The most frustrating thing is probably the laundry.
Honestly. Worse than getting the helicopter into the most ridiculous places whenever he needs it, worse than finding the perfect wines, which I actually enjoy, worse even than disposing of the occasional body, it's getting the blood out of those white suits.
Sometimes it's really hopeless, and I have to do away with a jacket or pair of trousers. Even when there's no blood, he's managed ash of several descriptions, grass stains, all kinds of dirt ground into the knees, paint, ink, foodstuffs, and several substances I can't even name, and I can't use bleach or scrub too forcefully, because that would damage the material. Sometimes—this really annoys me—he takes his jacket off somewhere and leaves it behind. How does a person keep the necessary number of matched tailored suits ready for that man when he shows no regard for them? I'm always having to call his tailor. There's a running account open. They can do up his order from memory. Some months I have to call them three times. Once he was gone for a few weeks, involved in some project, and when he came back all his horizontal measurements had shrunk and I had to alter all his clothes in two nights, and let them out again a few weeks later. Really, he's the worst. All those clothes. Always white.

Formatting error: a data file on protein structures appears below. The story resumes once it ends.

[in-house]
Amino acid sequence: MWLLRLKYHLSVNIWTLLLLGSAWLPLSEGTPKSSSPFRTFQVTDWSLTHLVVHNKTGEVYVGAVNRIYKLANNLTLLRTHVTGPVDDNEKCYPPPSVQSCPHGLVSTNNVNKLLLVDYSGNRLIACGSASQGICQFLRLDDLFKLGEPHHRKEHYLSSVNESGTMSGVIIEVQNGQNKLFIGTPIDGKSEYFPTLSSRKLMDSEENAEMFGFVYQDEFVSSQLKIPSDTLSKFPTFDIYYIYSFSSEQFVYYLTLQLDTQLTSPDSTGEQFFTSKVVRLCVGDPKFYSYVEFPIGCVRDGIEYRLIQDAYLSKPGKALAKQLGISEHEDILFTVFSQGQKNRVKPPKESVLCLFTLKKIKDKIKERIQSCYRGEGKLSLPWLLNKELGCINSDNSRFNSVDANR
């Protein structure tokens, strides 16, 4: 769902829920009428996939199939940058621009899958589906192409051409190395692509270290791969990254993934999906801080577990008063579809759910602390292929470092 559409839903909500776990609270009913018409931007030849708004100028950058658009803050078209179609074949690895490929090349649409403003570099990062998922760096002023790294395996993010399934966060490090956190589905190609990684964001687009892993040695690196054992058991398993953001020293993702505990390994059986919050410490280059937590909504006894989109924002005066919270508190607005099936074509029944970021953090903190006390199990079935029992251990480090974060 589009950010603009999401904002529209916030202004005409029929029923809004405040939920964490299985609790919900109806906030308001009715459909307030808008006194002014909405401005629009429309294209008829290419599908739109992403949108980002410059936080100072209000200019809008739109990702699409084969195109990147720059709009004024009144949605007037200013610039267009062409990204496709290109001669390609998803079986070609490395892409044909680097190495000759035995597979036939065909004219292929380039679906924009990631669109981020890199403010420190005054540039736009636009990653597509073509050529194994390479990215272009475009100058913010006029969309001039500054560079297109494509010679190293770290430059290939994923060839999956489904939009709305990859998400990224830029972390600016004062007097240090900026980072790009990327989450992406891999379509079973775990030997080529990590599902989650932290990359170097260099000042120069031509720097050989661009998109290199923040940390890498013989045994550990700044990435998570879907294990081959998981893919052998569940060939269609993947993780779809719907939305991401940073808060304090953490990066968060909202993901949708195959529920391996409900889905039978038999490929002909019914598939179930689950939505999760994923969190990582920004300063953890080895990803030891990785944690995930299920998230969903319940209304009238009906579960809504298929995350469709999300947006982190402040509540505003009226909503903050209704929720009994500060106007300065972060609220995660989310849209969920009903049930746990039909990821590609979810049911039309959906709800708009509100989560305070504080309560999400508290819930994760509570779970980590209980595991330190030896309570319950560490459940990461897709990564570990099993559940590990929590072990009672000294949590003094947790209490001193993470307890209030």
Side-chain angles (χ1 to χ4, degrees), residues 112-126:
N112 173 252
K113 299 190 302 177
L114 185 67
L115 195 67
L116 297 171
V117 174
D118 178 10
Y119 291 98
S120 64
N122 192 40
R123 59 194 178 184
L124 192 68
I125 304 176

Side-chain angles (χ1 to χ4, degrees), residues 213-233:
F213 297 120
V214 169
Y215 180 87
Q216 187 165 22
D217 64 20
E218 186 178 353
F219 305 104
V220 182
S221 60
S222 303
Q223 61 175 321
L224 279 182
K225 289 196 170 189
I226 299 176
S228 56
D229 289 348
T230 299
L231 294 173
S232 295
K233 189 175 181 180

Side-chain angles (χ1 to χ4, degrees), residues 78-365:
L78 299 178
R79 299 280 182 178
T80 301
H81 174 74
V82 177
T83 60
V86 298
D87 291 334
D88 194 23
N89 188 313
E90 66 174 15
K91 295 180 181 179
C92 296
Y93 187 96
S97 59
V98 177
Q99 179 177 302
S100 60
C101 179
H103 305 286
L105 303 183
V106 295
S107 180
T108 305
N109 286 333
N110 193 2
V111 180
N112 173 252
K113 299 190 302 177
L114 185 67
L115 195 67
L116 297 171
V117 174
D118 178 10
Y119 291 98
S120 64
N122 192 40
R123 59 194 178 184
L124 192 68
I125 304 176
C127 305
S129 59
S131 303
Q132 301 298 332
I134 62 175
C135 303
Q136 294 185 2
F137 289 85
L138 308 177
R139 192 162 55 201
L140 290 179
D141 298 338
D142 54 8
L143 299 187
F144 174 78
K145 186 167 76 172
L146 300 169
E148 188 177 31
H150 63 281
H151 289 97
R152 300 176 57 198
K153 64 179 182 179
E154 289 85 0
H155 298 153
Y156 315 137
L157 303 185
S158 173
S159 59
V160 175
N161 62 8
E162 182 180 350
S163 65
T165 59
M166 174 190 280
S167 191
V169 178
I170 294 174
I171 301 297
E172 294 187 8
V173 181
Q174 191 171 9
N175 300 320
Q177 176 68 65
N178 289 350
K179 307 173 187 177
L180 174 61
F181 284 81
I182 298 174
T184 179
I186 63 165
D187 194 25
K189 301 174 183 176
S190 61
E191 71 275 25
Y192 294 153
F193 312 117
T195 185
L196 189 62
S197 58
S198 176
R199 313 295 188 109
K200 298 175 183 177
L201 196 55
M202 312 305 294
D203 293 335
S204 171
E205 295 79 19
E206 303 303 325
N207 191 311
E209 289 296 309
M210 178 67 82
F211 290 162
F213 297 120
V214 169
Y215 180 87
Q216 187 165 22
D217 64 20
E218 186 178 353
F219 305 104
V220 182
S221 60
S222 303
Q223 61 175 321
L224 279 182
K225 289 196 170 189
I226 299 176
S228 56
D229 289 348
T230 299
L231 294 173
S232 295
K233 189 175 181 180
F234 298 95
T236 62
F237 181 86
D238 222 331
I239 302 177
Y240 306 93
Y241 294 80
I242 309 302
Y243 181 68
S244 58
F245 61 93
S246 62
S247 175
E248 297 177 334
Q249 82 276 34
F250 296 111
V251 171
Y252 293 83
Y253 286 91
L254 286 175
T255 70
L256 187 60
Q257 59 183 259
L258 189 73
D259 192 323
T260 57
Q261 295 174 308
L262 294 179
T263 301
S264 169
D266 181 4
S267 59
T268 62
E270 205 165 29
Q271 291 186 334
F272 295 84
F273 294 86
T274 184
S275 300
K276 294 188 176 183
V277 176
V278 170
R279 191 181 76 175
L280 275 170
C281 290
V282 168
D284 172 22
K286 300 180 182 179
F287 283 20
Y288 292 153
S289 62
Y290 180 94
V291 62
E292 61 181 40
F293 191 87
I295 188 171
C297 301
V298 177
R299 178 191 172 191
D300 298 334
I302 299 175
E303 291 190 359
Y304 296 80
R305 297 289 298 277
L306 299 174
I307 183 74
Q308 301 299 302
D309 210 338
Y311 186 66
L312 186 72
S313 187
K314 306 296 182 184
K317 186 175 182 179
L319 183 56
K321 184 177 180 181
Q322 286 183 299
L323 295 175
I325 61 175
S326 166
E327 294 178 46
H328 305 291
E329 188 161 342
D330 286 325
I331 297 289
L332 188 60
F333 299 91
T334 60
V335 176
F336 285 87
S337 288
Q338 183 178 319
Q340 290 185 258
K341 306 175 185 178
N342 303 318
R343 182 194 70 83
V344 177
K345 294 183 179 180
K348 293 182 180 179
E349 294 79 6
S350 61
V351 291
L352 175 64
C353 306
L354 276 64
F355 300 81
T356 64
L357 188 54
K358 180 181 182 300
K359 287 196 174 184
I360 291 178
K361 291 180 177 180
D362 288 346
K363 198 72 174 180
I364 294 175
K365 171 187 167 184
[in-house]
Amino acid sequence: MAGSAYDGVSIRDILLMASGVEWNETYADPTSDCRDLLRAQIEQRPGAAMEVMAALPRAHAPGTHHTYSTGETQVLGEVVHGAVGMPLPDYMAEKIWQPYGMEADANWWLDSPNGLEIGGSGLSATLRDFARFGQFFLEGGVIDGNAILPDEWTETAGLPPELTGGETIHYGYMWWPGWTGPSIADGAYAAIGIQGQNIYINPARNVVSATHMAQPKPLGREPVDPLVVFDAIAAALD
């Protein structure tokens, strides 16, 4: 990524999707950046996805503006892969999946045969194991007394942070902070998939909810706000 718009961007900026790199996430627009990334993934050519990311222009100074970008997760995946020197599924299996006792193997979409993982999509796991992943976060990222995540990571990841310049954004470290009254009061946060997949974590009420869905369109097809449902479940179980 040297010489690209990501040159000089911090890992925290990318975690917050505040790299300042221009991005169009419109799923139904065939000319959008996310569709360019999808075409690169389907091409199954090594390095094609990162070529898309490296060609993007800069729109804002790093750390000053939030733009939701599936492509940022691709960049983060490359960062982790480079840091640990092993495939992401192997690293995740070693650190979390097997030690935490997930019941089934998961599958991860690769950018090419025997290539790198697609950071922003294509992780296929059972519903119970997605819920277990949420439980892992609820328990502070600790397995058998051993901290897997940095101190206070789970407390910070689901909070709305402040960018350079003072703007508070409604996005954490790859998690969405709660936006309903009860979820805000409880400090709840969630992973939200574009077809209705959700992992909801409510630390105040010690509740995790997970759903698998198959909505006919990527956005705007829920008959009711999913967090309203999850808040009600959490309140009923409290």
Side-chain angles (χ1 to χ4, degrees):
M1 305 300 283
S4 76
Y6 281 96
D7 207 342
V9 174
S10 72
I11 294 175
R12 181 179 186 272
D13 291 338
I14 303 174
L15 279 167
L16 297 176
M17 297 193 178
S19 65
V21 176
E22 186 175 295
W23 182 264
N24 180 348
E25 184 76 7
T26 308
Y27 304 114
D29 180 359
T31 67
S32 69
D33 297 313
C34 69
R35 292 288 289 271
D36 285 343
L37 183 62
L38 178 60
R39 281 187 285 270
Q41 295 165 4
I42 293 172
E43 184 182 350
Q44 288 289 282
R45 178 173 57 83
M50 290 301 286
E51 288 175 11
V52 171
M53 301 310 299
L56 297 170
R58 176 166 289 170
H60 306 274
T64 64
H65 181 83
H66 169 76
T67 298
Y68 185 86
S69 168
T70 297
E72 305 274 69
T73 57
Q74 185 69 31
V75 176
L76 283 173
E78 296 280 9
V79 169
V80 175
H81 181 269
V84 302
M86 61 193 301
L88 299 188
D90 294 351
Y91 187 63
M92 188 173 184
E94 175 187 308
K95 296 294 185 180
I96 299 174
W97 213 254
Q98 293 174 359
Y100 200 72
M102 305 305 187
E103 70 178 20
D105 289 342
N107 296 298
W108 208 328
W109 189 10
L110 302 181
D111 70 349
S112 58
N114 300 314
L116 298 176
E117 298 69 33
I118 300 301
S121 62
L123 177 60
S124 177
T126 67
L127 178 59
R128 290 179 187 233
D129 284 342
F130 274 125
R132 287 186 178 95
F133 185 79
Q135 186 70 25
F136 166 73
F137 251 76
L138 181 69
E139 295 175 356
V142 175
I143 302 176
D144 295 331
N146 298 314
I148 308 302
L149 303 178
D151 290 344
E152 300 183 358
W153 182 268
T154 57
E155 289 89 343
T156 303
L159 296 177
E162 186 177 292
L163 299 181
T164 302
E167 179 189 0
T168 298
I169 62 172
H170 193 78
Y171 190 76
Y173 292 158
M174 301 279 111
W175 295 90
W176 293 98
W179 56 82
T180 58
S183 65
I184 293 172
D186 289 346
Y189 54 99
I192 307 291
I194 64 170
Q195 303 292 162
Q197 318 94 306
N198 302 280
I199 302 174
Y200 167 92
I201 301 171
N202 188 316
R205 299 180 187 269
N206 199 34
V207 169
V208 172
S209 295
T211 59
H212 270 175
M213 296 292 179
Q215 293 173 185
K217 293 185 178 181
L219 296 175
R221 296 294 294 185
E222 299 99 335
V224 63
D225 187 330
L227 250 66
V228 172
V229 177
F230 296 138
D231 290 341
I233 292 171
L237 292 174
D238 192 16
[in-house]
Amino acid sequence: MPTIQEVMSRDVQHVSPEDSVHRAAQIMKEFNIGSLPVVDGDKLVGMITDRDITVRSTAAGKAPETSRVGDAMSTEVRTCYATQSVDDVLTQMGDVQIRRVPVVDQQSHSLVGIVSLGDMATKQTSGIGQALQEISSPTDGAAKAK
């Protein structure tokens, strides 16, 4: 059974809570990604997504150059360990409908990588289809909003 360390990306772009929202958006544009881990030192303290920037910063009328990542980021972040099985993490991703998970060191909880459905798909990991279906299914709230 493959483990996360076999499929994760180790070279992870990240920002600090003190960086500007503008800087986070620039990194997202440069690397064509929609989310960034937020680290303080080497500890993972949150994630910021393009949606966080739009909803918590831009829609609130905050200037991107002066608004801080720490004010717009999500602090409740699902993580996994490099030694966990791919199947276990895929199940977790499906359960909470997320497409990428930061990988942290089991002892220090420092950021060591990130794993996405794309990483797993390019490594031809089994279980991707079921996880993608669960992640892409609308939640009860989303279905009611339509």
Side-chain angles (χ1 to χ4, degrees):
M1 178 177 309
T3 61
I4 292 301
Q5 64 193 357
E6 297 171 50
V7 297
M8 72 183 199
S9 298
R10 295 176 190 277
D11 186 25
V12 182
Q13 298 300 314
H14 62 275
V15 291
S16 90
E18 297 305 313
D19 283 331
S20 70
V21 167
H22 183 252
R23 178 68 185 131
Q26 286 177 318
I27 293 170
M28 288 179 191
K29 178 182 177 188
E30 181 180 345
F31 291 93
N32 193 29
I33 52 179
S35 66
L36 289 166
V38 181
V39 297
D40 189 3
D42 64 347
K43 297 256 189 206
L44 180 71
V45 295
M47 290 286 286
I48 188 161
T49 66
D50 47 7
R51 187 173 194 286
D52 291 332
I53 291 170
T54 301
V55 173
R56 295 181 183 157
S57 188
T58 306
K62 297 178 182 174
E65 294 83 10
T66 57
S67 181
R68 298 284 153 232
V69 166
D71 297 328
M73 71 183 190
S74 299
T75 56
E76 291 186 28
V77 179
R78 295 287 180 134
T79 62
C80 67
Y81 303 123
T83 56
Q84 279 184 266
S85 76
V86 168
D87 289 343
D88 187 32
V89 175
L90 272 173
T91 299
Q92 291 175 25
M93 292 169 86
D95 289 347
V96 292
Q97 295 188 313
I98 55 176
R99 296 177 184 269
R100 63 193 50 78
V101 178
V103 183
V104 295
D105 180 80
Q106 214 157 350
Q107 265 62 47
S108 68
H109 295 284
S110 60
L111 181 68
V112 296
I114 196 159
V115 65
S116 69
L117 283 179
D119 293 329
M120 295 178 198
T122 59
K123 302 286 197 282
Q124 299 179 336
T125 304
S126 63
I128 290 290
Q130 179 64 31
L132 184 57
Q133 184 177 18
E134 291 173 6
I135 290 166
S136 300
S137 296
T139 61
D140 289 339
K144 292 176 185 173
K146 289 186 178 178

That's not true. Really, the worst is this.
Someone's at the door, and I have to keep them waiting while I come down the stairs. It's fine to do that to them on purpose, but I hate doing it by accident. "Mibu-san." I step back to allow him inside, and bow. "I was expecting you." He has not got his pipe. I take his coat and whisk it away into the long closet, then go up the back stairs. I'm already in the room again when Oriya arrives. He stands by the far side of the bed for a while. The room holds only the sound of three sets of lungs. Mine are almost silent. Oriya's are a little louder. Finally, Oriya takes my chair.
"It doesn't look good, does it?"
He's talking to me, which is unusual.
"No," I agree.
I have to change the dressings twice a day. It takes two and a half hours. "That person burned everything away."
He's not listening. "Oi…oi. Muraki, you bastard. Wake up. Lying there like a straw man is not even remotely funny." Of course there is nothing. Oriya makes a fist. "Come on, open those disgusting eyes of yours!"
"Mibu-san, there must be no disturbances."
He really isn't listening. I'm afraid he may disturb the dressings soon, though for now he still doesn't want to touch the burns. "It's not polite to sleep in front of guests, you know! Come on, Muraki. I had to fight a dead guy for you. Granted that I lost, this is still unacceptable."
"Mibu-san, please remove your hand."
He does, but goes on looking at the place where it was, as the white finger-prints in the gentler, un-bandaged burn there return to red. "His chin…do you think there'll be a scar?"
There's someone else at the door. "Excuse me." I leave Oriya alone.
It's Ukyo. "Ojousama. This way."